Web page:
It was D.W. who finally challenged me that if I was going to truly and fairly compare religions, I needed to study the Bible itself, not just what other had written about what they the Bible was about. At the same time another friend, T.G., shared an article with me called "Can you be good without God?" No, you can’t, the article said, and it had some really good points that for the first time made sense to me.

One night I opened my old Good News Bible that I received as a present from my pastor when I was 12 years old, after finishing my confirmation classes at Parkside Lutheran Church. I read through Matthew, and felt confused that the Jesus I was reading about was the not the gentle, fluffy sort of Jesus I remembered from my Sunday School lessons as a child. This was a stern Jesus who told Jews they were vipers and gave harsh commandments that said if one of you hates his brother it is considered the same thing as murder. I was confused by this Jesus... disturbed by Him. I was frustrated that here I was with a degree from an Ivy League College but I couldn’t understand what this darn book was talking about. I believe I actually said out loud, "God, if you are the real God, the God of this Bible, you have to prove yourself to me."

Then I started reading the book of Job. I don’t know how late I stayed up that night, but I read the entire book of Job, becoming even more confused as I read chapter after chapter of Job crying out for God to hear him, to clear his name, while his friends hammered at him, trying to get him to admit he was guilty of some secret sin and that was why God was punishing him so cruelly. And then finally, in chapter 38, God answers Job. Except it was not the answer I expected. It was not the kind pat on the shoulder, the "it’ll all be okay, Job, I’m sorry for what you’ve had to go through" that I expected. No, it was these words that I will never forget, these words that marked the changing point in my life:

Then the LORD spoke to Job out of the storm. He said:
2 "Who is this that obscures my plans with words without knowledge?
3 Prepare to defend yourself; I will question you, and you shall answer me.
4 "Where were you when I laid the earth’s foundation? Tell me, if you understand.
5 Who marked off its dimensions? Surely you know! Who stretched a measuring line across it?
6 On what were its footings set, or who laid its cornerstone—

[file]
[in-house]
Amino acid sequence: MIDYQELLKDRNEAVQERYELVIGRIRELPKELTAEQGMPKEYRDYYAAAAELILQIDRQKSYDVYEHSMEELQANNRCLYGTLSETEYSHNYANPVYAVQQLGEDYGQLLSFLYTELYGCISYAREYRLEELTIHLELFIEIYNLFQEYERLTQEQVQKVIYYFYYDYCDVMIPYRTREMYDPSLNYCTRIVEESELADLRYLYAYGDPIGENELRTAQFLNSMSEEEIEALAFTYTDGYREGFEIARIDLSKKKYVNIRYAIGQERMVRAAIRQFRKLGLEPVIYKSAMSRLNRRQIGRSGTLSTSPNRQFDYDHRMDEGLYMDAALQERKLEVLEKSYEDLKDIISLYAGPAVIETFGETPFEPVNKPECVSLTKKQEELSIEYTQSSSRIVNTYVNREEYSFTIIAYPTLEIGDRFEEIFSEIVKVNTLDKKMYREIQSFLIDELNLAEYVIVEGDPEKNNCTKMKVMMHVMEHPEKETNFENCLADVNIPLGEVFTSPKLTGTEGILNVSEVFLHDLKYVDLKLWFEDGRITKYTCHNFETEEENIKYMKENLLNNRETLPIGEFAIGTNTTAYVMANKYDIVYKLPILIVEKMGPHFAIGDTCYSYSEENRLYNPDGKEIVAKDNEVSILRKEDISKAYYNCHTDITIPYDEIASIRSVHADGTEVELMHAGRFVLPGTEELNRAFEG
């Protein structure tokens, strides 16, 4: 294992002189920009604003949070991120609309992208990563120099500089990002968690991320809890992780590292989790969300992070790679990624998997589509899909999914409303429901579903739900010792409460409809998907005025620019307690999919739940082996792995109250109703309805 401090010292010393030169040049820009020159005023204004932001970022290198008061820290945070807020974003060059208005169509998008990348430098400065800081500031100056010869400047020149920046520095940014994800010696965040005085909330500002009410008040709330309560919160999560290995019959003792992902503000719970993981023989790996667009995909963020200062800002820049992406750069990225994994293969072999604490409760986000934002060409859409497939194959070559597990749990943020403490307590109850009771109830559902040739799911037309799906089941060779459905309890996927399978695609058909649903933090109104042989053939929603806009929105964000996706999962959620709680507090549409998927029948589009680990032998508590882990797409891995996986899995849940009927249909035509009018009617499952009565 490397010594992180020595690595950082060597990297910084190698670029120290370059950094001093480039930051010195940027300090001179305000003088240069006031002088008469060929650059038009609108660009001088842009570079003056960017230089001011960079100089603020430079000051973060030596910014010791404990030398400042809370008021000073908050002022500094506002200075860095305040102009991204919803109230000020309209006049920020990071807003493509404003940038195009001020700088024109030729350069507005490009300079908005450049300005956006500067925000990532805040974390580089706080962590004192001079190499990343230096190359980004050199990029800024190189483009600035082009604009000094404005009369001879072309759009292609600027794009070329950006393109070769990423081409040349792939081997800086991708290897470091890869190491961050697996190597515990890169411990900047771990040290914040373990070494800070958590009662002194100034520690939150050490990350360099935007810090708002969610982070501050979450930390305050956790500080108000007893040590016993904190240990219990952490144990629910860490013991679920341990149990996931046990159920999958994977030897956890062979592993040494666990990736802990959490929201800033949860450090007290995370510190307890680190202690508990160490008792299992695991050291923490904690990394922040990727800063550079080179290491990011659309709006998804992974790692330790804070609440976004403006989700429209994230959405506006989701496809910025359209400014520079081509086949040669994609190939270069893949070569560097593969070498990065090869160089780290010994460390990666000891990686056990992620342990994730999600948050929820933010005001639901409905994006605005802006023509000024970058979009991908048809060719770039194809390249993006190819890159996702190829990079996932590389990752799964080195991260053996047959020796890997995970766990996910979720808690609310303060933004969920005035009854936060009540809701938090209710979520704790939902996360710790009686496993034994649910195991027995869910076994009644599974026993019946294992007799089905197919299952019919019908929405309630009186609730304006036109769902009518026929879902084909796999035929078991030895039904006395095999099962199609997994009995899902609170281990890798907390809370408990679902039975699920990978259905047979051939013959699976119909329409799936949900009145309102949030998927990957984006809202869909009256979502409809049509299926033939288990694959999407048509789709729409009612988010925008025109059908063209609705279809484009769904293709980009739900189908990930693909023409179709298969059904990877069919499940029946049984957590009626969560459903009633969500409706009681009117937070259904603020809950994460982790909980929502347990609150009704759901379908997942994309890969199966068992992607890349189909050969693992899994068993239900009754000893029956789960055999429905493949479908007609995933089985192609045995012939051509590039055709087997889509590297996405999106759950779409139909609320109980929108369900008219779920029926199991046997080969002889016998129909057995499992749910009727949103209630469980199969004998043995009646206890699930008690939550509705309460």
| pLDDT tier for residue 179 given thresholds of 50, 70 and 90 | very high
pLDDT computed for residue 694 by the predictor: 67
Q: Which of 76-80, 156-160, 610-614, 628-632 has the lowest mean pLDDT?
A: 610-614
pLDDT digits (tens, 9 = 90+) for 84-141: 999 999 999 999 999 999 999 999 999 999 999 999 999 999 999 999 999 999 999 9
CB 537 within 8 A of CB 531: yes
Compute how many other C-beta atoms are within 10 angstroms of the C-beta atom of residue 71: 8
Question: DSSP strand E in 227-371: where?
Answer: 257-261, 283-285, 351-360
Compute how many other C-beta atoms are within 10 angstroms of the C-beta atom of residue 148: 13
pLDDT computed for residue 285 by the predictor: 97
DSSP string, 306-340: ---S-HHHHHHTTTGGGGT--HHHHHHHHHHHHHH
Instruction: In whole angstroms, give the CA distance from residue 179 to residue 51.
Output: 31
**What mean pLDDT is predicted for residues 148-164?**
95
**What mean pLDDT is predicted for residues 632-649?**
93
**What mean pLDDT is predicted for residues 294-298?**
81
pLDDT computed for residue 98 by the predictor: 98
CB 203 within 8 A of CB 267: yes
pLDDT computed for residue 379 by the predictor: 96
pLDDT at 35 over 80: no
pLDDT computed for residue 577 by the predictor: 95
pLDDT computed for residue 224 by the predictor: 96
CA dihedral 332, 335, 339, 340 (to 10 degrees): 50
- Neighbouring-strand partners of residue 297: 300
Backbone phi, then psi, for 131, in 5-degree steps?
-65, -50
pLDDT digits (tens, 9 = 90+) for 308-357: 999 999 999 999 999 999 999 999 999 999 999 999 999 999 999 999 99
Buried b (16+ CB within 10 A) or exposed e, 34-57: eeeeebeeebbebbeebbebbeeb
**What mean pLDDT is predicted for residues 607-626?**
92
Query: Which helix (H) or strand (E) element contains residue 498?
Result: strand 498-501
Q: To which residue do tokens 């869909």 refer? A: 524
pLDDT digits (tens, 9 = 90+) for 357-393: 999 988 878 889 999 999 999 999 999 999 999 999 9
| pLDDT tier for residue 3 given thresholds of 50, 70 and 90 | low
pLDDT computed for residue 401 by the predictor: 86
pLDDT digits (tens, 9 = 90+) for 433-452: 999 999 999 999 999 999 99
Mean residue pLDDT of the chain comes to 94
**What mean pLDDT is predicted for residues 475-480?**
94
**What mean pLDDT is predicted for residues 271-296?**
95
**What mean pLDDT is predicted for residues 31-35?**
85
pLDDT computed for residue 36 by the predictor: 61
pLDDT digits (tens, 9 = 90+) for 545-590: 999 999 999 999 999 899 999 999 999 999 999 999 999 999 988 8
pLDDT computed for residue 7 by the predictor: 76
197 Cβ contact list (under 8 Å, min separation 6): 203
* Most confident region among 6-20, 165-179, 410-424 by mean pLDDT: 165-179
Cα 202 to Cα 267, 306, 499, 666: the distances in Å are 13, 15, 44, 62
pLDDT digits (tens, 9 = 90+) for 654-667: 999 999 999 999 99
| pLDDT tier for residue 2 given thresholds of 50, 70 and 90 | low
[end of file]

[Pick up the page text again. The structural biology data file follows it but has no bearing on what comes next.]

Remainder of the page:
7 while the morning stars sang together and all the angels shouted for joy?

I don’t know exactly why these words sprang out at me (singing stars was a beautiful poetic image, but God speaking so sternly was also very humbling). I knew God had meant these specific words for me. He had answered me.

The next day I told S.D. about what I’d read, how I believed in God now. And she asked me, "yes, but do you have a personal relationship with Jesus?" And suddenly I remembered John 3:16 that D.W. had shared with me a couple years ago, and I knew God didn’t just want me to believe in Him, He wanted me to believe that His Son had died for me, for my sins, so that I could be free. I said my first prayer to Him that night, asking Him for that personal relationship.

I haven’t always been free of depression, of course. But it’s never had the stranglehold on me like it did before I was saved, over 14 years ago. I have always trusted that God would bring me out of it, and He always does. And He’s given me a church family to teach me and encourage me, a wonderful husband, my husband’s big, loving family, a sweet stepdaughter and my own 4 beloved girls. And, He’s also given me a few stressful trials (financial disasters, painful church splits, dear friends moving away, news of twins, then fears associated with very premature twins, more financial stresses, worry about my parents...) But He’s been with me through all of it, and even though trials are hard, I’m not afraid of them. They grow you into a better person. A more Christlike person. If you don’t have the dark in your life, you can’t truly appreciate the light.

Now the version of my testimony I shared with my stepdaughter was a bit shorter and simpler than this. But there is nothing greater than sharing how God has saved you and worked in your life. I can’t wait to share it again, and again.